Among other things, those analysts were concerned about Kinder Morgan's failure to invest in maintenance. One hedge fund, Hedgeye, said “Kinder Morgan’s high-level business strategy is to starve its pipelines and related infrastructure of routine maintenance spending.” Financial magazine Barron's said, “We struggle to understand how KMP can safely operate the largest portfolio of transmission and storage assets in the industry for just a fraction of its peers’ expenditures.”

The results of that failure to maintain its infrastructure have shown up in its multiple pipeline explosions and spills that have resulted in worker deaths, felony convictions, multimillion-dollar fines and widespread environmental damage. They've occurred in California, New Jersey, Ohio and, most infamously, in British Columbia.

Sightline cited the fight over the Trans Mountain pipeline as another trigger for the updated report. Kinder Morgan's drilling on Burnaby Mountain in preparation for pipeline construction resulted in the arrests of more than 100 people last month in the ongoing protests against the project. In 2007, a pipeline ruptured in Burnaby, showering the suburban Vancouver neighborhood with oil and forcing the evacuation of 50 families.

More than 70 percent of the residents of the Vancouver suburb of Burnaby oppose pipeline expansion. Photo credit: Burnaby Residents Opposing Kinder Morgan Expansion

Laughably, says the Sightline report, "Kinder Morgan’s 15,000-page permit application caused a minor public relations headache for the firm when it came to light to that the report says pipeline spills can have a positive effect on regional economies because 'spill response and cleanup creates business and employment opportunities.'”

Two weeks ago, it was reported that Kinder Morgan packed up its equipment and left Burnaby Mountain, and charges against the protesters were dropped. The head of Kinder Morgan Canada described it as a "challenging time."

"It’s become the Keystone XL fight of Canada,” said Sightline's de Place. "I often despair that the 49th parallel ends up being quite a barrier [to news coverage from Canada]."

YOU MIGHT ALSO LIKE

Kinder Morgan Claims Oil Spills Can Have ‘Positive' Effects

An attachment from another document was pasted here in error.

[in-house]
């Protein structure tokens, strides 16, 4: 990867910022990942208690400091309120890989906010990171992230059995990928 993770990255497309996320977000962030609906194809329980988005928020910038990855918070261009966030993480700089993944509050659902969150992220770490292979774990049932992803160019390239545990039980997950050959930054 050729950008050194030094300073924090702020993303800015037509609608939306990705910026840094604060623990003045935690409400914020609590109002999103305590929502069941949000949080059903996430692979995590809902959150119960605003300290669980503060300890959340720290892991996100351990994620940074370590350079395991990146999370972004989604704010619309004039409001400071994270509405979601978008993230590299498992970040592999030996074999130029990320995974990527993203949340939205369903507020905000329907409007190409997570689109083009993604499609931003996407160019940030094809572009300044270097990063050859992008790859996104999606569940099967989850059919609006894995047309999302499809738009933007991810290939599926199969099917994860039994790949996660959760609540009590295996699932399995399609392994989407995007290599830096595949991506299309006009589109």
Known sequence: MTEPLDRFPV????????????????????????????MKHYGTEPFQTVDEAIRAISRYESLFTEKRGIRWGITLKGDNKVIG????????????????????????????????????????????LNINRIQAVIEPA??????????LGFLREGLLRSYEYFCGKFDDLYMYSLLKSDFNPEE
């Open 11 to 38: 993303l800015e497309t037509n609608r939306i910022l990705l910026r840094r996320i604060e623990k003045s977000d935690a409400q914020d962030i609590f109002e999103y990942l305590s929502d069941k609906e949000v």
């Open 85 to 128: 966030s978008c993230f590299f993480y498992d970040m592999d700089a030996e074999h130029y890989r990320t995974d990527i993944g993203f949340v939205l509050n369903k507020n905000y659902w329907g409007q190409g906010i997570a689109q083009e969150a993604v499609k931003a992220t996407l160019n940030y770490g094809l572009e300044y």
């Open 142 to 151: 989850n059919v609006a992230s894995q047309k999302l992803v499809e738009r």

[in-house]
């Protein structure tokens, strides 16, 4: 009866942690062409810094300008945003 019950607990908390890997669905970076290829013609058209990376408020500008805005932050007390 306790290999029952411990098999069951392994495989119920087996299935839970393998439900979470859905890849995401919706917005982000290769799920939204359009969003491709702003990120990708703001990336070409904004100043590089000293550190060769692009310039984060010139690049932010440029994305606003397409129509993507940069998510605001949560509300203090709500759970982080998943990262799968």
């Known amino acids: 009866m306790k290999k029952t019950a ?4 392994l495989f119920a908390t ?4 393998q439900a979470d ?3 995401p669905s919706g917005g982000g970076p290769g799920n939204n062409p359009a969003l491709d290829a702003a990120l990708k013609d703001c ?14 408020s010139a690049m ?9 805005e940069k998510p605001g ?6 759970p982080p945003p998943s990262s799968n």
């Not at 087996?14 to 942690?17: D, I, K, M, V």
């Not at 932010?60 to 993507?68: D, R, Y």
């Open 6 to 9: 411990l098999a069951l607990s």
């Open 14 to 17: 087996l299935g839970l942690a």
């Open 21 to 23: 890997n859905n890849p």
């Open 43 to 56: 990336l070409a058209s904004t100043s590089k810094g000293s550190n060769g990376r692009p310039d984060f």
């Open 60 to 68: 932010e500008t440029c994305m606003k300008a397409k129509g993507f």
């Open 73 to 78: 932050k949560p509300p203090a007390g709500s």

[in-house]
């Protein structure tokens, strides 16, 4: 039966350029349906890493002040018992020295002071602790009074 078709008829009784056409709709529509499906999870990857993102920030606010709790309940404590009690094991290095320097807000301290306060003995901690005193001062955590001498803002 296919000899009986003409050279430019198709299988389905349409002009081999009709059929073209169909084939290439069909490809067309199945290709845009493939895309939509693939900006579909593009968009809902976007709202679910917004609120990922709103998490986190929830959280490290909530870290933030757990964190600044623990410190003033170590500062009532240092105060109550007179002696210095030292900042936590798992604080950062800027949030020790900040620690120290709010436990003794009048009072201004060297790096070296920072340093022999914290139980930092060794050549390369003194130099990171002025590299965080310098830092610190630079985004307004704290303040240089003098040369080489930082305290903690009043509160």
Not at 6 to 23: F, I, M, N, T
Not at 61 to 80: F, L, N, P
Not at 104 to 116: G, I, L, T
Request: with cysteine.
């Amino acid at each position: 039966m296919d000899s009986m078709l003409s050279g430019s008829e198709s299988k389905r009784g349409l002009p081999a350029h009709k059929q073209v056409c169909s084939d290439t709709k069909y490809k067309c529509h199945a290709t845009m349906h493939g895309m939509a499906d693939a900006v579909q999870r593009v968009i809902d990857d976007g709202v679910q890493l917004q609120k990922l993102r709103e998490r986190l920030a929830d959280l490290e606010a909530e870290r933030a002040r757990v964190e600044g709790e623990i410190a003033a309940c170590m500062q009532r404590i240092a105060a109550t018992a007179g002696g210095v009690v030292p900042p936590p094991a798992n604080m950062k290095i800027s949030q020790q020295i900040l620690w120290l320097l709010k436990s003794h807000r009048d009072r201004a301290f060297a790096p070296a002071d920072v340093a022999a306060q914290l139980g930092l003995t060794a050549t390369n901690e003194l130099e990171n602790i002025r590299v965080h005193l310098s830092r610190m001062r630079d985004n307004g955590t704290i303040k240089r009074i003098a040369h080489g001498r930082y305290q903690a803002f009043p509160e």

Northern Gateway Pipeline Approved Ignoring Democracy and Global Warming

Cumulative Climate Impacts of Tar Sands Pipelines

54% of parents with school-age children expressed concern that their children could fall behind academically, according to a poll conducted over the summer of 2020. Maria Symchych-Navrotska / Getty Images

By Pamela Davis-Kean

With in-person instruction becoming the exception rather than the norm, 54% of parents with school-age children expressed concern that their children could fall behind academically, according to a poll conducted over the summer of 2020. Initial projections from the Northwest Evaluation Association, which conducts research and creates commonly used standardized tests, suggest that these fears are well-grounded, especially for children from low-income families.

Read More Show Less

EcoWatch Daily Newsletter

A teenager reads a school English assignment at home after her school shut down because of the COVID-19 pandemic on March 22, 2020 in Brooklyn, New York. Andrew Lichtenstein / Corbis via Getty Images

The pandemic has affected everyone, but mental health experts warn that youth and teens are suffering disproportionately and that depression and suicide rates are increasing.

Read More Show Less

Trending

In an ad released by Republican Voters Against Trump, former coronavirus task force member Olivia Troye roasted the president for his response. Republican Voters Against Trump / YouTube

Yet another former Trump administration staffer has come out with an endorsement for former Vice President Joe Biden, this time in response to President Donald Trump's handling of the coronavirus pandemic.

Read More Show Less
Climate Group

Every September for the past 11 years, non-profit the Climate Group has hosted Climate Week NYC, a chance for business, government, activist and community leaders to come together and discuss solutions to the climate crisis.

Read More Show Less
A field of sunflowers near the Mehrum coal-fired power station, wind turbines and high-voltage lines in the Peine district of Germany on Aug. 3, 2020. Julian Stratenschulte / picture alliance via Getty Images

By Elliot Douglas

The coronavirus pandemic has altered economic priorities for governments around the world. But as wildfires tear up the west coast of the United States and Europe reels after one of its hottest summers on record, tackling climate change remains at the forefront of economic policy.

Read More Show Less

Support Ecowatch